This guidance applies to former MGP sites being remediated under the oversight of the DEC, either through a Consent Order, Voluntary Cleanup Agreement or State funded project, in instances where soil or sediment contaminated with coal tar related residuals will be thermally treated (as in a combustion boiler unit or in a thermal desorber) at an off-site (including out-of -state) facility permitted to receive non-hazardous contaminated soil or at an on-site facility. This guidance does not apply to coal tar contaminated materials which contain significant quantities of purifier wastes or any quantity of other hazardous wastes. A significant quantity of purifier waste is defined as any quantity that would cause the MGP site remediation waste mixture, sent for thermal treatment, to contain in excess of 3.5 % sulfur by weight. Other hazardous waste includes listed hazardous wastes and wastes exhibiting a characteristic of a hazardous waste except for MGP related remediation waste exhibiting the Toxicity Characteristic for benzene. MGP site remediation waste meeting the applicability requirements that are being sent out of state must comply with the rules and regulations of the receiving state.


  1. Management of Soil/Sediment: Management of MGP site remediation waste meeting the applicability requirements, that is under DEC oversight is not subject to the DEC's hazardous waste management regulatory program {6 NYCRR Parts 370 to 374 and 376} if that soil or sediment is thermally treated at a facility permitted to receive non-hazardous contaminated soil or sediment. The following activities are exempt from the hazardous waste management requirements, however they continue to be subject to the solid waste management requirements {6NYCRR Parts 360 and 364}:
    1. Excavation and storage at the point of generation;
    2. Transportation to the thermal treatment facility or unit;
    3. Handling and storage prior to thermal treatment at the facility;
    4. Thermal treatment; and
    5. Management of treated materials.

    Materials transported off-site, and are stored outside the shipping container at locations other than the site of generation or the treatment facility, must be placed on an impervious surface such as asphalt, concrete or other impervious material and covered with plastic or other impervious material. Storage at the treatment facility must be in compliance with the facility's permit.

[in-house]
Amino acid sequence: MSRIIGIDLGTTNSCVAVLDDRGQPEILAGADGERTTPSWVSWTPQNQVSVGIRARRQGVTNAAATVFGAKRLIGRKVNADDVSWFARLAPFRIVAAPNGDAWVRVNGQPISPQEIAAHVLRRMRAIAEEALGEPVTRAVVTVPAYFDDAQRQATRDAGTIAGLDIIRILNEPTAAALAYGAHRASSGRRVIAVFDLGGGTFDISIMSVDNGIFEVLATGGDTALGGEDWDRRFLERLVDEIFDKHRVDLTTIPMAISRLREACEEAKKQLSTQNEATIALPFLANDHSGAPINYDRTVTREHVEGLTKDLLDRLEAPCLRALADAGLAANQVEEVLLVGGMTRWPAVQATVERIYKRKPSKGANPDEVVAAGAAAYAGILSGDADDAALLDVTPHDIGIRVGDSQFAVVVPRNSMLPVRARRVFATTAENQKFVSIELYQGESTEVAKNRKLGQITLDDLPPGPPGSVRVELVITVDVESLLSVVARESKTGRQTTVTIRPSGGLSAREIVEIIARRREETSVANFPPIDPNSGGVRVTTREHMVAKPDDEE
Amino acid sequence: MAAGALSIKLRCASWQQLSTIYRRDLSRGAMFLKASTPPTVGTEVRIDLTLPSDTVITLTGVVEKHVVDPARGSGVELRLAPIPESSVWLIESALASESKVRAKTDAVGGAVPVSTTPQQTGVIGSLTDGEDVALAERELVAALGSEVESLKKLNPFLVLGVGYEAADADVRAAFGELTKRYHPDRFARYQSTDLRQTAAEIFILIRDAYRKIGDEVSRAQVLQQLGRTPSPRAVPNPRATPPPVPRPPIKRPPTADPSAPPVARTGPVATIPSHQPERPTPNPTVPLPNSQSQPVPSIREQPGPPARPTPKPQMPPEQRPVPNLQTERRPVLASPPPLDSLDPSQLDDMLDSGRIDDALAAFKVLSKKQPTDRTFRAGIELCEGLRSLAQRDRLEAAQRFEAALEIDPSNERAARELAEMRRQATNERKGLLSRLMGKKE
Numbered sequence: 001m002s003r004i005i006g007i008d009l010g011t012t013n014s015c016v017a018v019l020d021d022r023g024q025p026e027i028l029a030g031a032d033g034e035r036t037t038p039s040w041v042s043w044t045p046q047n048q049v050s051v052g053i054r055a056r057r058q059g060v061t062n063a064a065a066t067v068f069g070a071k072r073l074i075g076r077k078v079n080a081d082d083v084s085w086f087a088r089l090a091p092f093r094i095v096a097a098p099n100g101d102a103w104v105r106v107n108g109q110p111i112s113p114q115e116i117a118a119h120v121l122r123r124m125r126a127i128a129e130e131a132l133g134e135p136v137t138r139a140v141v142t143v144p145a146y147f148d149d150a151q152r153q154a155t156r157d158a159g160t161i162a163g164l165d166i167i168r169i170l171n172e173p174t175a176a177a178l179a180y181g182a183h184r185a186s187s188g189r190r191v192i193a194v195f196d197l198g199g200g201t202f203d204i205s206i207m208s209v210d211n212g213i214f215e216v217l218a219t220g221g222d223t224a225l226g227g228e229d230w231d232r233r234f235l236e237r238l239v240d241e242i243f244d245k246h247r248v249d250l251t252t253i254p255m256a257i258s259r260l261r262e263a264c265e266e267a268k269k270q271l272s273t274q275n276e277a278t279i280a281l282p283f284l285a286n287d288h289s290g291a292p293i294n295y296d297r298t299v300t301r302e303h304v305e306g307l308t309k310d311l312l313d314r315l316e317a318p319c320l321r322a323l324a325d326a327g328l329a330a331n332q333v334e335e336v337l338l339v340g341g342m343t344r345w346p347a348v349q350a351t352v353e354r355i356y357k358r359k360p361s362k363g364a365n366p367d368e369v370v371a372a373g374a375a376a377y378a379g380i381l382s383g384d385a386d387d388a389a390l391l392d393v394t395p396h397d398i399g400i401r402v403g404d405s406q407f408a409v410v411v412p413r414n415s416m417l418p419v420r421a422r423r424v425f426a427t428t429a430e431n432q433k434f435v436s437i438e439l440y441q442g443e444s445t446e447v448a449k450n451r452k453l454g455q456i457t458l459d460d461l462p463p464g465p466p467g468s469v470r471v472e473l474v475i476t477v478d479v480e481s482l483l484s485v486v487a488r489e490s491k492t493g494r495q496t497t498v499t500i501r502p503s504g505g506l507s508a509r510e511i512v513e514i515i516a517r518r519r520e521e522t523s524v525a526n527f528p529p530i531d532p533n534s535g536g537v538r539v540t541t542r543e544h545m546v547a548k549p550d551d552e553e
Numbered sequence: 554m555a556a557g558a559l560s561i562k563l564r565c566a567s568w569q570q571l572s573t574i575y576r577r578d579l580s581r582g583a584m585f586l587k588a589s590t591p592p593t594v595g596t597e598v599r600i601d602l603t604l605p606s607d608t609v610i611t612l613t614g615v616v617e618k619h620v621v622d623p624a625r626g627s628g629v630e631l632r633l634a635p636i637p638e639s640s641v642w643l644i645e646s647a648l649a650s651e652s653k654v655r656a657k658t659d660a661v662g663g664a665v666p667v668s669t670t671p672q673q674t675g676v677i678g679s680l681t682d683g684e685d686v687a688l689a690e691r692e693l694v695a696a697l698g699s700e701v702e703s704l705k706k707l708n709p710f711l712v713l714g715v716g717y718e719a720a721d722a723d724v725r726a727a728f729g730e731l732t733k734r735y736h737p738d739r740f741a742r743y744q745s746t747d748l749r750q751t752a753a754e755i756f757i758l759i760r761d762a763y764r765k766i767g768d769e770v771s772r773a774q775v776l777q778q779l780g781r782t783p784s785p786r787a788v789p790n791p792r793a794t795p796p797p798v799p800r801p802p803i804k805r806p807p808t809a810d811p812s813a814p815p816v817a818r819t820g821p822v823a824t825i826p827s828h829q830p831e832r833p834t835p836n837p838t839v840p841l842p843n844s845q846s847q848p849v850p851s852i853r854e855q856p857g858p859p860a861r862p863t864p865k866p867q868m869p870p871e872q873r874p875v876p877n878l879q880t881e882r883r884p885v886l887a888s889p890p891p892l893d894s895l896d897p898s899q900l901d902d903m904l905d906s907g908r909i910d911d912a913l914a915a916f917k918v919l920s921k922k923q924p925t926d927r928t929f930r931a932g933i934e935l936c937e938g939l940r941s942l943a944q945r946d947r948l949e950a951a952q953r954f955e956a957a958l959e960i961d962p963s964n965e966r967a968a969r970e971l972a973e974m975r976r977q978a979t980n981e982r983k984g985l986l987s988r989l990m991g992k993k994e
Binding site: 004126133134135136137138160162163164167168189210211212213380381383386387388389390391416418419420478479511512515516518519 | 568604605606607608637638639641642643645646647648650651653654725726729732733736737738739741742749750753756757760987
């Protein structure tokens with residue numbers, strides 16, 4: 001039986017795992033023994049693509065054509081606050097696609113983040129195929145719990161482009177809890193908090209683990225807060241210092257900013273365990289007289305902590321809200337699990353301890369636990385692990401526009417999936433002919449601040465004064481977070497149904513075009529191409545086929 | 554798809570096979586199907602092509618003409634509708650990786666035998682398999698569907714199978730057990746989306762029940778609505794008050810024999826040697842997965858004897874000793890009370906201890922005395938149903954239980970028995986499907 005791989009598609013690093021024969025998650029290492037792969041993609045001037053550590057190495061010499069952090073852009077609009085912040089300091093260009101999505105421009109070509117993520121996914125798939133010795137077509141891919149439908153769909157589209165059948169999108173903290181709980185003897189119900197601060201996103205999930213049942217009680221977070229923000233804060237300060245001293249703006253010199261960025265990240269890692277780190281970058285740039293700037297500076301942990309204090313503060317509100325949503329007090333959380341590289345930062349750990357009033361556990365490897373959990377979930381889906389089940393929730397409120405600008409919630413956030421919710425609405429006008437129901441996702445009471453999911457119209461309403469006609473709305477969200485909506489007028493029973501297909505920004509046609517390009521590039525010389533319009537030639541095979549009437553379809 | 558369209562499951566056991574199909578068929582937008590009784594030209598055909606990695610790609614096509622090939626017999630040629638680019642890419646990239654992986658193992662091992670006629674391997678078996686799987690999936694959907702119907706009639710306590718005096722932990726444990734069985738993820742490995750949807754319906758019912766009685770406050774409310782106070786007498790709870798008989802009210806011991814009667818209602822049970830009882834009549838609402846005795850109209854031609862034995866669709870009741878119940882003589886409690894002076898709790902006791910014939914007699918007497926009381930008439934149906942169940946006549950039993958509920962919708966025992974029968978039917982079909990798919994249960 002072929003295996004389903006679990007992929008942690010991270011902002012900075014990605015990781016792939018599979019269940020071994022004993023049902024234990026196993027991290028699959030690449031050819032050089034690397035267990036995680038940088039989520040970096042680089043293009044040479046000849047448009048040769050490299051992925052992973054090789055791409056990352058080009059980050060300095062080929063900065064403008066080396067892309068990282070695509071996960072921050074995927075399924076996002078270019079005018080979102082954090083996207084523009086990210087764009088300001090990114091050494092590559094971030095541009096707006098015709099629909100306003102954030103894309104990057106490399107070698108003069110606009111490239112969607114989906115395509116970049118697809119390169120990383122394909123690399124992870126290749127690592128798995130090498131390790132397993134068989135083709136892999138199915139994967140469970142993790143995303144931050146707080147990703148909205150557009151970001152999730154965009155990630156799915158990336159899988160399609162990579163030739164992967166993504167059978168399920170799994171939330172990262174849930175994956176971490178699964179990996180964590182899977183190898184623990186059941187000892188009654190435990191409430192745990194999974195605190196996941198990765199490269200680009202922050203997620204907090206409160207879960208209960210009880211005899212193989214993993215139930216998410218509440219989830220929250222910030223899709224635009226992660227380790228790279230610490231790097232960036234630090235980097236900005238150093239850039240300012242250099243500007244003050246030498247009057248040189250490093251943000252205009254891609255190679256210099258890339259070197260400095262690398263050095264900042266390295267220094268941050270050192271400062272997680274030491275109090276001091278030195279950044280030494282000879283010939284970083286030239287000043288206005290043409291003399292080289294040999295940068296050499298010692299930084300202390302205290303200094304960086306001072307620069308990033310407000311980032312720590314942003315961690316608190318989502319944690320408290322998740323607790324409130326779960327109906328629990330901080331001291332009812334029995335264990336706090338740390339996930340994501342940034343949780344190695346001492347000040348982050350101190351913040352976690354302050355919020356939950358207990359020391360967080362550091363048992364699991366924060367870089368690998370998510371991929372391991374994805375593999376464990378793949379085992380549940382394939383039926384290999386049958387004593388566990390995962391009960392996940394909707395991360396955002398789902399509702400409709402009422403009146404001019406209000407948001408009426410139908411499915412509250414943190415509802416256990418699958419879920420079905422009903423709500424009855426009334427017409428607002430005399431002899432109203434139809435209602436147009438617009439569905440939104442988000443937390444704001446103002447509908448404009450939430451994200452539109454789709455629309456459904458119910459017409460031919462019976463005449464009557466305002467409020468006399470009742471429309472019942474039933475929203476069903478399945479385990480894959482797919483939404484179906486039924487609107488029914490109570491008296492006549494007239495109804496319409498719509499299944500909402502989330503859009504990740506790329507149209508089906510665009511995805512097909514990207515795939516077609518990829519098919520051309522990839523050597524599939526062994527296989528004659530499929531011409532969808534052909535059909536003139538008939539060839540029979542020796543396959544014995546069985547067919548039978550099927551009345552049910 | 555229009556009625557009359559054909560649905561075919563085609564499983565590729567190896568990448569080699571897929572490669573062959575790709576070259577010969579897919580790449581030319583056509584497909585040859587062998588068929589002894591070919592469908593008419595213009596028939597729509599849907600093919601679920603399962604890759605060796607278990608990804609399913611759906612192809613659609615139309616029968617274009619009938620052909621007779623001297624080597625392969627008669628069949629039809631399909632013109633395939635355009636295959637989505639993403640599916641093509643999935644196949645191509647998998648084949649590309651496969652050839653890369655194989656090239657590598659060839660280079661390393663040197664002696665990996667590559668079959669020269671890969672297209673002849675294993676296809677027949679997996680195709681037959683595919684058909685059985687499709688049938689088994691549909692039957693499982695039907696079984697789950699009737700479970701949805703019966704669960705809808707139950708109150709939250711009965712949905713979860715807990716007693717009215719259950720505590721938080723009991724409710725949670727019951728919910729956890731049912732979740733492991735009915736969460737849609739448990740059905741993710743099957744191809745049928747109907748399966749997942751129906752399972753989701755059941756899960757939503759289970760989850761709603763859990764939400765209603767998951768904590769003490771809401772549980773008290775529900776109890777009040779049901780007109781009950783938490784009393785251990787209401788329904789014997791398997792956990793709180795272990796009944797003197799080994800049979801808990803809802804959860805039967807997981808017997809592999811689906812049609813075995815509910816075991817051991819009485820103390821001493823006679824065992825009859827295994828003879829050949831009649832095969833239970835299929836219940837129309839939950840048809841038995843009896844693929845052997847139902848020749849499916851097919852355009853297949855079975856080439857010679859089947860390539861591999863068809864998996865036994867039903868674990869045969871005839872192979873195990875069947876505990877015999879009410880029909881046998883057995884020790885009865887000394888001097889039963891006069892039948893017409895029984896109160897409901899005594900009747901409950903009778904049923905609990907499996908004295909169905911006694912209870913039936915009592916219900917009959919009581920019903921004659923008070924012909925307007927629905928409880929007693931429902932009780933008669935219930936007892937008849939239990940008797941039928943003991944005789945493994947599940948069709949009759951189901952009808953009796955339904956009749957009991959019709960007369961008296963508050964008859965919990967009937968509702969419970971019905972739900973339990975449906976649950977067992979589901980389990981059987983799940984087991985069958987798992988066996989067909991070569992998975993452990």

MGP site remediation waste meeting the applicability requirements can be mixed with coal fines, carbon, onsite soil, sediment or other materials deemed necessary to facilitate and ensure proper operation of the final treatment technology as approved by the DEC.

    There must be a demonstration that MGP site remediation wastes do not contain a significant quantity of purifier wastes, do not contain any listed waste or do not exhibit a characteristic of a hazardous waste (except for TCLP benzene) and are not otherwise incompatible with proper and effective thermal treatment. Soil or sediment which contains discernible amounts of purifier material must be tested for hazardous characteristic of reactivity, total cyanides and sulfur.

  2. Permit Requirements: No solid waste management permit is required for the thermal treatment of coal tar contaminated soil or sediment from a former MGP site by a corporate entity acting pursuant to a Consent Order or a Voluntary Cleanup Agreement, provided that the thermal treatment occurs either at that site or at another former MGP site owned by the same corporate entity and provided that the applicable substantive regulatory requirements are met. Coal tar contaminated soil or sediment may also be transported to a facility for thermal treatment which has received a permit to accept this type of contaminated material. Coal tar contaminated soil or sediment must be transported by a 6 NYCRR Part 364 permitted transporter.
  3. Land Disposal Restrictions: Coal tar contaminated materials which meet the applicability requirements and the respective treatment residuals are not subject to the LDRs.

IV. Responsibility

The person(s) remediating the site is(are) responsible for complying with all applicable regulations. This includes the LDRs if the materials are not destined for permanent thermal treatment. The Project Manager assigned to oversee the remediation of the former MGP site, is responsible for reviewing and accepting any demonstration that the materials are being managed in accordance with this policy. The Project Manager's supervisor must concur with the Project Manager's determination.